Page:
Recorded at Unisound and Rotpit Studios. Drums recorded at Excess Studio. Mixed and mastered by Dan Swanö at Unisound. Produced by Dan Swanö. All music/lyrics by Demiurg.
- Rogga Johansson—Guitars, vocals
- Dan Swanö—Lead guitars, keyboards
- Johan Berglund—Bass
- Ed Warby—Drums
- Pär Johansson—Clean vocals
- Resurrecting the rotting (Flesh festival, pt. II)
- Cremated lies the day
- The terror before sleep
- Wolves at the gates
- The apocalyptic
- World destroyer
- The convulse meridian
- Dawn dusk delusion
- Opus morbidity (City of Ib, pt. III)
- Cult of Dagon
According to Wikipedia Demiurg may refer to:
- “The deity responsible for the creation of the physical universe and the physical aspect of humanity in some belief systems.”
- An alien species in the fictional Warhammer 40,000 universe.
- A small video game development house.
No mention at all of this Swedish death metal outfit, who have released three full length albums since 2007, of which this is the second. What does Wikipedia know, anyway!?
This incarnation of Demiurg appears to be a Swedish death metal ‘supergroup’ that feature (ex-)members of Paganizer, Bloodbath, Ribspreader, Gorefest, and Ayreon.
To be honest, I’ve rather enjoyed this week’s metal offering. The album reminds me, in equal measure, of Morbid Angel, Death, and Gorefest. Even if all the songs sound largely the same.
“Resurrecting the rotting (Flesh festival, pt.II)” opens with a quotation, then bounces to life with a Gorefest/Death-style groove. Fabulous vocals: throaty, bassy, and totally incomprehensible. Perfect!
Track two (“Cremated lies the day”) opens with something akin to an angelic chorus, before blasting into a staccato-ed riff that also closes the track, accompanied by what sounds like the audio from a police radio.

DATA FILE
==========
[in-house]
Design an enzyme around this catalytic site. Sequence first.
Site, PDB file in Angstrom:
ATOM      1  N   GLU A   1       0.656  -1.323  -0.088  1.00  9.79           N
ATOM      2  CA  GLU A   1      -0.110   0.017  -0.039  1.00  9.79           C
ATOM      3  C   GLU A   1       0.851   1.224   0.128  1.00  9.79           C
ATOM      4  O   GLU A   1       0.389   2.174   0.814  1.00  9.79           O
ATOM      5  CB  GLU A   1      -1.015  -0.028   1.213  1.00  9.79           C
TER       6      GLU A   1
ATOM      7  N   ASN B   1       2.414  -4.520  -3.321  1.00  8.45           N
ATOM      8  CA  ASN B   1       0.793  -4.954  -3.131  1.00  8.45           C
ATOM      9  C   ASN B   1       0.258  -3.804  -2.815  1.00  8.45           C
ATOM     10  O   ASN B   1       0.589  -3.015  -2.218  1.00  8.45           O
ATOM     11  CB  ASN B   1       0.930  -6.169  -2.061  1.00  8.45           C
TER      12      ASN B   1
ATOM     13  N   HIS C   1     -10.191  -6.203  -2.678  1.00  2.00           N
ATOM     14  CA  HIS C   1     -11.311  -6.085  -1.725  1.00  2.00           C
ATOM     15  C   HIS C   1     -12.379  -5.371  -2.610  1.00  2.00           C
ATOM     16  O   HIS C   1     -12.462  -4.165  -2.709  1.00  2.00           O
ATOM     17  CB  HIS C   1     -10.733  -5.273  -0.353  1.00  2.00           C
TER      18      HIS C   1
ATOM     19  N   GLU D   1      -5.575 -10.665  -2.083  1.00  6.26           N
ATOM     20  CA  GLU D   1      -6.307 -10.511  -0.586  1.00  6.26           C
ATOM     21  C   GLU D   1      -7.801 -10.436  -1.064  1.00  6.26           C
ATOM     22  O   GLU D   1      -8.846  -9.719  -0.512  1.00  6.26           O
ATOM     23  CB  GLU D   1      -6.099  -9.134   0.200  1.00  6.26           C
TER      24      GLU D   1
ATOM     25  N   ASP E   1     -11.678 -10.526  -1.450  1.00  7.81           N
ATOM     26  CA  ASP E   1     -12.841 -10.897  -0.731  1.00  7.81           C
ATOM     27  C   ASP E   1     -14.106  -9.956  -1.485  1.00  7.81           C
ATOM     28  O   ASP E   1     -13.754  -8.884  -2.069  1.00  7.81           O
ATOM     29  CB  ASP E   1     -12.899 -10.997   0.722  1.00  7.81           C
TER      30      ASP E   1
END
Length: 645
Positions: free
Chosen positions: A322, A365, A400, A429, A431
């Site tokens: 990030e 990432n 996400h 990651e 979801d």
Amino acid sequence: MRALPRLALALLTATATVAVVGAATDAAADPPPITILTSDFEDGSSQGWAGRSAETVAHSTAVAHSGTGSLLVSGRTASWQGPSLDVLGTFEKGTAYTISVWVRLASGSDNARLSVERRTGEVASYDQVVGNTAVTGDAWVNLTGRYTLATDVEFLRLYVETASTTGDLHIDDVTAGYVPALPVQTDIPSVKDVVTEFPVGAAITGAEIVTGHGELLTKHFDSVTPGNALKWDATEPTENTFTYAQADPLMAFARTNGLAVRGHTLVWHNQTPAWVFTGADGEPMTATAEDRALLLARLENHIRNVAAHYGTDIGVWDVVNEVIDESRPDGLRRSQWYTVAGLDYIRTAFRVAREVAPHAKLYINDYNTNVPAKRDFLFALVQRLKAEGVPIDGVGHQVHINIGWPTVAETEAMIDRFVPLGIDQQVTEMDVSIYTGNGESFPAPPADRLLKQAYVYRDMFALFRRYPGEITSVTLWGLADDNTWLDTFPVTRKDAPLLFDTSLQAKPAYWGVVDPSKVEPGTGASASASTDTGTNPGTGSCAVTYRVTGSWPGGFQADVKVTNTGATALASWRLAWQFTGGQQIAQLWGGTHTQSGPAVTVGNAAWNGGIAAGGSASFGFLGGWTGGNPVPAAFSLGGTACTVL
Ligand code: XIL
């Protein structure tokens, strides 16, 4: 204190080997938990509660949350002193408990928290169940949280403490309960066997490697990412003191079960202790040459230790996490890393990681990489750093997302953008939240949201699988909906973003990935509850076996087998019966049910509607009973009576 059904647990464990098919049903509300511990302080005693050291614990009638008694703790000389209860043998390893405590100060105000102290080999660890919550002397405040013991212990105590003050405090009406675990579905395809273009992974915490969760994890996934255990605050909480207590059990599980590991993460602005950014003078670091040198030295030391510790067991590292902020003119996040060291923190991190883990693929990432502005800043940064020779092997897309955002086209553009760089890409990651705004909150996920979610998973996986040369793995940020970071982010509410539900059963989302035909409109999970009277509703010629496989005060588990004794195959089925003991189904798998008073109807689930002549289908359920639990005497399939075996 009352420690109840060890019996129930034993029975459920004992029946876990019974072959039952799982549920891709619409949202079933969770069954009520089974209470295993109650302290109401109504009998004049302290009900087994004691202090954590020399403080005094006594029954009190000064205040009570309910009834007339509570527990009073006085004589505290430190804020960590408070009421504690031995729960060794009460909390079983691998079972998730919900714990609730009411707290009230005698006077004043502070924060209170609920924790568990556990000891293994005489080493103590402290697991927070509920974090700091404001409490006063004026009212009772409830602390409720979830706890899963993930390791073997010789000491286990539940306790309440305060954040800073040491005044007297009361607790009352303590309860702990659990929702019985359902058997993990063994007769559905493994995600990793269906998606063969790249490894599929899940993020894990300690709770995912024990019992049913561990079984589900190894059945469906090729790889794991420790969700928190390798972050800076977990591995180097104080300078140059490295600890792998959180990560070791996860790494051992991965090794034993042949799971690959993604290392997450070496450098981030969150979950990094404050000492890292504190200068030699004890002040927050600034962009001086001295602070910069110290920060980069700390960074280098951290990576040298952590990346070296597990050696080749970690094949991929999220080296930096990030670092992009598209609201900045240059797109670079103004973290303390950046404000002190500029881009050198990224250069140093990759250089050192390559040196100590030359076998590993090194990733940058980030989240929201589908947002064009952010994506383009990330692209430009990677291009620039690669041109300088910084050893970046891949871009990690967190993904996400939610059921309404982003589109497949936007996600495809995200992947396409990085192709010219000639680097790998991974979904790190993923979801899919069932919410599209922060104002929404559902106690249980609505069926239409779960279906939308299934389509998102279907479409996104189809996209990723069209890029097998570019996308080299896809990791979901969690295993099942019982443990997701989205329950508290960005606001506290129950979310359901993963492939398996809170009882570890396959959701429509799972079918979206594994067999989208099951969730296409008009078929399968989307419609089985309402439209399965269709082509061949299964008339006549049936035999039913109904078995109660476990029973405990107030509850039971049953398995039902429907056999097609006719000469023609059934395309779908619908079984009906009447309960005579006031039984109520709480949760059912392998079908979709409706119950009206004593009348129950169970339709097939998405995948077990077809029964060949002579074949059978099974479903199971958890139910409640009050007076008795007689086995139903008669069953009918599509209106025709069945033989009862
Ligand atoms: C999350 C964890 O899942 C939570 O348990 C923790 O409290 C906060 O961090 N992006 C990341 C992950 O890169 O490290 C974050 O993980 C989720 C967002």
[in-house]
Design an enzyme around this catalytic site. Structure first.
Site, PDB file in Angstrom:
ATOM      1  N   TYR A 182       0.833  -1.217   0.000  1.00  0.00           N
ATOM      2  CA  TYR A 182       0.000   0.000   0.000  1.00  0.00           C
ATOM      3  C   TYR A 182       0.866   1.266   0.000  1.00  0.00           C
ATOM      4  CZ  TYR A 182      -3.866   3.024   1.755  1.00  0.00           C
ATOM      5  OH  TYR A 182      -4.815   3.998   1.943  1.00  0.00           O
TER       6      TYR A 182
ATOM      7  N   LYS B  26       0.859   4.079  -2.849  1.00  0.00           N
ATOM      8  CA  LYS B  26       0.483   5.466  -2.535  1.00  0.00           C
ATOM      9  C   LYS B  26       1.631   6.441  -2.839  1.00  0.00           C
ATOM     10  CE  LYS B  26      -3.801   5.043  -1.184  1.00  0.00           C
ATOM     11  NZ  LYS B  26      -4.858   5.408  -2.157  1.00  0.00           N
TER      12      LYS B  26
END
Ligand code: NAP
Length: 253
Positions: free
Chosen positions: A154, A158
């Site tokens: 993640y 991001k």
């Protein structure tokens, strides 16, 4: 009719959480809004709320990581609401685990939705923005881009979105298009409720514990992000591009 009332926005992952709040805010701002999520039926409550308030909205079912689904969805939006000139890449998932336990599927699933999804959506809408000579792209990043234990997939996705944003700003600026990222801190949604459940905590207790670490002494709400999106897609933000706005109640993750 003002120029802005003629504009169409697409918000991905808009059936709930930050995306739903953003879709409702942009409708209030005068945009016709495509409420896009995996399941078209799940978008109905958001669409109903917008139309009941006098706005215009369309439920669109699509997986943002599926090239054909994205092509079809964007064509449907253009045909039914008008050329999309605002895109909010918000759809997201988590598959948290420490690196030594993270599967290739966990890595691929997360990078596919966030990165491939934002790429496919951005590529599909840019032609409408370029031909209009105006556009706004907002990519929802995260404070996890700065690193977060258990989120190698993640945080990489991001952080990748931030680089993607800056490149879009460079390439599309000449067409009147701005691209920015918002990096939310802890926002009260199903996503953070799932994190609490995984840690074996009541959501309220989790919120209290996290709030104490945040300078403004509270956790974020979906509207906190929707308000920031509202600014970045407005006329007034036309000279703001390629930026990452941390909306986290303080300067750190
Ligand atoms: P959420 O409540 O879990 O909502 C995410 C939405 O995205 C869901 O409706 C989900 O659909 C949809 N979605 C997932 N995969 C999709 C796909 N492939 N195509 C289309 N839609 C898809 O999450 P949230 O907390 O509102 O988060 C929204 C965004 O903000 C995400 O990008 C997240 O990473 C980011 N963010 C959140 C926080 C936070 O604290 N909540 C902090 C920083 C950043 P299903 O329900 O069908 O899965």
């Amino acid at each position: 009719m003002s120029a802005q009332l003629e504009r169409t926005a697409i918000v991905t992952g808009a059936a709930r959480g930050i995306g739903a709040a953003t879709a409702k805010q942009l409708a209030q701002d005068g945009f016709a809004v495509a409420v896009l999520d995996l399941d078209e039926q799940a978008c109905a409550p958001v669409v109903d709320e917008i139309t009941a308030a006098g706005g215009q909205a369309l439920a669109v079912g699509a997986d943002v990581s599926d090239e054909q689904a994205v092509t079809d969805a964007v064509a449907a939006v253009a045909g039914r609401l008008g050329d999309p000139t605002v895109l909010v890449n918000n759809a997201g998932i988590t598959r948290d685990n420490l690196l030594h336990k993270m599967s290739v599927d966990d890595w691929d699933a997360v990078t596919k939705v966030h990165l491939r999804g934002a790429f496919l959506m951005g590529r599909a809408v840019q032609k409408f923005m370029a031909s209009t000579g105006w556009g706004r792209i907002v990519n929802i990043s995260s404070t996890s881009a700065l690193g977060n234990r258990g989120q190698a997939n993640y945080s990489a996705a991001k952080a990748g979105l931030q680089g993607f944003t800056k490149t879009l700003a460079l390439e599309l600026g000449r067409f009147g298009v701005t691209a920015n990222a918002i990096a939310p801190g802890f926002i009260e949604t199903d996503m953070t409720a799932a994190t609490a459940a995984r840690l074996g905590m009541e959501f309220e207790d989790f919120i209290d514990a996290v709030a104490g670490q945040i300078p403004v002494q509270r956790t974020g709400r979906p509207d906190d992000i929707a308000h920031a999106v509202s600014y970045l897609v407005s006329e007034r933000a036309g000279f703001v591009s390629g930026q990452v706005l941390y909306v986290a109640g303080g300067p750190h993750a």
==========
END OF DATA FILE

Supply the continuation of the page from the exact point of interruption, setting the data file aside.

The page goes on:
Track three: much of the same. Track four: a slow track, with a funereal guitar solo reminiscent of early Paradise Lost, which then kicks into a Gorefest-style groove. Track six (“World destroyer”) sounds like a B-side from Death’s 1988 album “Leprosy”.
And so it continues. Death metal riffs fused together, twisting and turning, growling vocals (the exception being the final track, “Cult of Dagon”, which includes—gasp!—clean vocals, like proper singing and everything!), grooves, machine-gun kick drums, symphonic embellishments and spoken vocal overdubs. This is a lesson in death metal.
It’s not the best album I’ve listened to this year, but it is by far not the worst. (Is that a recommendation by default?) I enjoyed the power, I enjoyed the consistency, I enjoyed the riffs and the groove.
But most of it is entirely forgettable because most of it sounds the same. That could be a weakness but I rather think of it as a twisted strength: it means that the next time I’m listening to the album again for the first time!
Despite what definitely appears to be feint praise, this is definitely another win for me in the 195 metal CDs music lottery. This one I’ll keep.
Review score: 85%